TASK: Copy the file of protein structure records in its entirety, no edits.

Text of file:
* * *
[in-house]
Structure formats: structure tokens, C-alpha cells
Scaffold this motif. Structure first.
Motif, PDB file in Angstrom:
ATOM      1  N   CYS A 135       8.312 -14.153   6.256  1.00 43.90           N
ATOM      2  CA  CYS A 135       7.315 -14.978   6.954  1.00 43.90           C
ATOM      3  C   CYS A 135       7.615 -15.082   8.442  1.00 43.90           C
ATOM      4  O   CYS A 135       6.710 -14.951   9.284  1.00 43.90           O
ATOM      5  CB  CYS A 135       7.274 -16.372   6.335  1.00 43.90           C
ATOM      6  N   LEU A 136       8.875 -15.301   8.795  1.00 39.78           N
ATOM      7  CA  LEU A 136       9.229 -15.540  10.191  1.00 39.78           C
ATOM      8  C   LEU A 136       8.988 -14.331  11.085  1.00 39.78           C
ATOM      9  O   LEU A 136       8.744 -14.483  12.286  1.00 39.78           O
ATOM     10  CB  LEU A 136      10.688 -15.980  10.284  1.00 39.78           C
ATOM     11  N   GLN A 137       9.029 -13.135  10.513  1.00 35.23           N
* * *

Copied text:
[in-house]
Structure formats: structure tokens, C-alpha cells
Scaffold this motif. Structure first.
Motif, PDB file in Angstrom:
ATOM      1  N   CYS A 135       8.312 -14.153   6.256  1.00 43.90           N
ATOM      2  CA  CYS A 135       7.315 -14.978   6.954  1.00 43.90           C
ATOM      3  C   CYS A 135       7.615 -15.082   8.442  1.00 43.90           C
ATOM      4  O   CYS A 135       6.710 -14.951   9.284  1.00 43.90           O
ATOM      5  CB  CYS A 135       7.274 -16.372   6.335  1.00 43.90           C
ATOM      6  N   LEU A 136       8.875 -15.301   8.795  1.00 39.78           N
ATOM      7  CA  LEU A 136       9.229 -15.540  10.191  1.00 39.78           C
ATOM      8  C   LEU A 136       8.988 -14.331  11.085  1.00 39.78           C
ATOM      9  O   LEU A 136       8.744 -14.483  12.286  1.00 39.78           O
ATOM     10  CB  LEU A 136      10.688 -15.980  10.284  1.00 39.78           C
ATOM     11  N   GLN A 137       9.029 -13.135  10.513  1.00 35.23           N